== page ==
They overlapped with humans (and dogs), and didn't go quite extinct until sometime after 7000BC (maybe 6000). The explanations I've seen most frequently (probably they borrow from each other) are that when the big animals died out the wolves and smaller canids out-competed them, and that some disease knocked them down.
The first might kind of work if they were slower than wolves, and the wolves caught more deer and rabbits and whatnot. I'm guessing that a faceoff of a wolf pack and dire wolf pack over an elk carcass might favor the dire wolves, but most kills were probably smaller.
The second--that dogs brought disease and the dire wolves couldn't mate with dogs (like wolves and coyotes can) to pick up disease resistance--doesn't seem to have very plausible timing. Or obvious significant fractions of dog admixtures in wolves. Maybe a disease just hit them harder, and wolves took over their niches and out-bred them.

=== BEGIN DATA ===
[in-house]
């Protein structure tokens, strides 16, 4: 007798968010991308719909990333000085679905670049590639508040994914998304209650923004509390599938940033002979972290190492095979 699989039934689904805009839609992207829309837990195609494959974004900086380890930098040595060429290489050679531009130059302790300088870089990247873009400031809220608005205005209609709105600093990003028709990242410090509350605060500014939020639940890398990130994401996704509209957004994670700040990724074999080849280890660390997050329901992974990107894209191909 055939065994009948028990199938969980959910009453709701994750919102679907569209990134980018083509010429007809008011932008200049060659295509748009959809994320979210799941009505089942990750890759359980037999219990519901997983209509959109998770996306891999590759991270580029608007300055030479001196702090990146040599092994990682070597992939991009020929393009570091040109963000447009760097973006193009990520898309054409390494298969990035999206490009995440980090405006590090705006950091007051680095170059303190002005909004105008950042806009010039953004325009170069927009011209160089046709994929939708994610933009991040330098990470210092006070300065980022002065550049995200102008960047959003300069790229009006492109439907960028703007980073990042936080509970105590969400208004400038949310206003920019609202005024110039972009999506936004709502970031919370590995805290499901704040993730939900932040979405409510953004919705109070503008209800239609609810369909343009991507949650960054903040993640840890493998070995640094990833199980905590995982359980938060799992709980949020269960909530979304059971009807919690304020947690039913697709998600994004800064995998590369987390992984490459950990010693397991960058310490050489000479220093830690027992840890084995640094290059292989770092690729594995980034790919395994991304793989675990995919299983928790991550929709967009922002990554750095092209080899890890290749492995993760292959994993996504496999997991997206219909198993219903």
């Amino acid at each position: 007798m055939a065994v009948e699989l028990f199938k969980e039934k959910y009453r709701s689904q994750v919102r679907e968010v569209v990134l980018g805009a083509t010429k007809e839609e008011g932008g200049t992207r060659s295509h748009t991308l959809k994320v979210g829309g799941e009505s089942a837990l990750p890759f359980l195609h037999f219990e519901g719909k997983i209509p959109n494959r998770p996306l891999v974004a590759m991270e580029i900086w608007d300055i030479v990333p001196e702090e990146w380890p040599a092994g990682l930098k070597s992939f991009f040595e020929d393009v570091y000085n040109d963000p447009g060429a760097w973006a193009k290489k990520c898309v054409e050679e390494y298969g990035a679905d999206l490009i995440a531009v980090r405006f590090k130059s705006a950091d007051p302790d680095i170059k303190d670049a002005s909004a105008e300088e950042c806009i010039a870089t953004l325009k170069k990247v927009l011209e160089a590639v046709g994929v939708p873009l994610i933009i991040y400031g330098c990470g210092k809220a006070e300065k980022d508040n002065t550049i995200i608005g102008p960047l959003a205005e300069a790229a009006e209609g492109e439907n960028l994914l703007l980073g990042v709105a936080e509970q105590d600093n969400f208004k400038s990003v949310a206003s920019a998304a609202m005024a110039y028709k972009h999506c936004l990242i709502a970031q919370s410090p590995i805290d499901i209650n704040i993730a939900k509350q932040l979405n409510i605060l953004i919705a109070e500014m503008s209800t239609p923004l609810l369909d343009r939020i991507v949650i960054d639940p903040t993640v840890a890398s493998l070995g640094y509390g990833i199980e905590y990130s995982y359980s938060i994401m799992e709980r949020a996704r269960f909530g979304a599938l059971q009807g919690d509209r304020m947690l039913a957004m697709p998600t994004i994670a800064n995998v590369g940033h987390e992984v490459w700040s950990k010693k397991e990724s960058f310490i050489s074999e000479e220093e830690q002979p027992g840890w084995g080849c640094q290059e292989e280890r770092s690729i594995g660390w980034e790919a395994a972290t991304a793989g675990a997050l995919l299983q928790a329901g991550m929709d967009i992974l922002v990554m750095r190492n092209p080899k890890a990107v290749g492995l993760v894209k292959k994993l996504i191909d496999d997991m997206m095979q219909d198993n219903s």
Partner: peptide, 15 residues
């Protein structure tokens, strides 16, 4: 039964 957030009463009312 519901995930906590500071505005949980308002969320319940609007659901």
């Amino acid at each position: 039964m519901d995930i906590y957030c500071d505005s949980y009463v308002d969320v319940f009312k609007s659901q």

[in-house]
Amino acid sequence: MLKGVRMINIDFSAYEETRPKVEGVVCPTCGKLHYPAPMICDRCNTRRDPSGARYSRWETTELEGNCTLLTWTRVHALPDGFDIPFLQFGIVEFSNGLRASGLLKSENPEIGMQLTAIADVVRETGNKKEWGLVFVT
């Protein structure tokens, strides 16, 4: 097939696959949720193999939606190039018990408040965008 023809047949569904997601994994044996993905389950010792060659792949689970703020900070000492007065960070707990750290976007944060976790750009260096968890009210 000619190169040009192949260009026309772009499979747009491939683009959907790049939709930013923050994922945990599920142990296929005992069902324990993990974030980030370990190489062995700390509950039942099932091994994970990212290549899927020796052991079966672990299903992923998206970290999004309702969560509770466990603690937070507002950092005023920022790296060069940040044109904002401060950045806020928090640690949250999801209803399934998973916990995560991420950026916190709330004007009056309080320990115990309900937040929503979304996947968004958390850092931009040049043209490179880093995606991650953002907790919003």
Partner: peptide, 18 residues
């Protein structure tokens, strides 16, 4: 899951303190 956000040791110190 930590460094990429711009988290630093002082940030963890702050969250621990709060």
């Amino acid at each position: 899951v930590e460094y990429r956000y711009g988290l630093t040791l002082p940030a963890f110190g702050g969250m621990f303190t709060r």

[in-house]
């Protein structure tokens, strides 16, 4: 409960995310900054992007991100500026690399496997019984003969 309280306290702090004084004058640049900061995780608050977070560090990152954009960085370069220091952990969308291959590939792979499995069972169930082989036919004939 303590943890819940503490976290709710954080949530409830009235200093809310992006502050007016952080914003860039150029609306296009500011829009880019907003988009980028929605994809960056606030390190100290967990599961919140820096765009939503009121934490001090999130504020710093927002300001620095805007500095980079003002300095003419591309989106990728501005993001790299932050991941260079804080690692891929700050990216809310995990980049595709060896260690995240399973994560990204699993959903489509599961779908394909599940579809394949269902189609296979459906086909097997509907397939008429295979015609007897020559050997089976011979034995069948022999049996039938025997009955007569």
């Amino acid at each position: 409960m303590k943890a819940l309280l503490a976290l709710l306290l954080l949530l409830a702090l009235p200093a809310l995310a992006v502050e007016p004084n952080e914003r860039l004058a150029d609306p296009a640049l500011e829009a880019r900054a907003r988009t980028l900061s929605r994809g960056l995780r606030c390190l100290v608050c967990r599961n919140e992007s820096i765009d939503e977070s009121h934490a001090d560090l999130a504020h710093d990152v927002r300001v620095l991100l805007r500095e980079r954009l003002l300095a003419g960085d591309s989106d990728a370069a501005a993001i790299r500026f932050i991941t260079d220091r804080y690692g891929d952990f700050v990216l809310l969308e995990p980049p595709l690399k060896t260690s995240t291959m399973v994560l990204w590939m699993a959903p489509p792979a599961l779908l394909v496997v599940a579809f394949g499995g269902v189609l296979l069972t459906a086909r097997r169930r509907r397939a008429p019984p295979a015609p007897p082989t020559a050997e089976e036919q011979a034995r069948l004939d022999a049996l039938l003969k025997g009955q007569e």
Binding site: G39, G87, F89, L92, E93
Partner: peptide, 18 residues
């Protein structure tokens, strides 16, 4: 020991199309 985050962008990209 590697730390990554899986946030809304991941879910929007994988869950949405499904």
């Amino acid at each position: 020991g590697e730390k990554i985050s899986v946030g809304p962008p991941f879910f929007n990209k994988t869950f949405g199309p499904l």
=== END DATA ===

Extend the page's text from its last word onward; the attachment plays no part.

I wonder what would have happened if dire wolves had no fear of humans. People take personal predators kind of seriously. Attacking a pack might not turn out well, but wiping out dens might be feasible.
I don't know of any Amer-Indian legends about them. Since they were so close in size to grey wolves, there might not been enough distinctive about them to merit a separate category. Or the modern Amer-Indians may have come later, after most of the dire wolves were gone. Or they just didn't keep stories that long--after all, many tribes deny they came from elsewhere.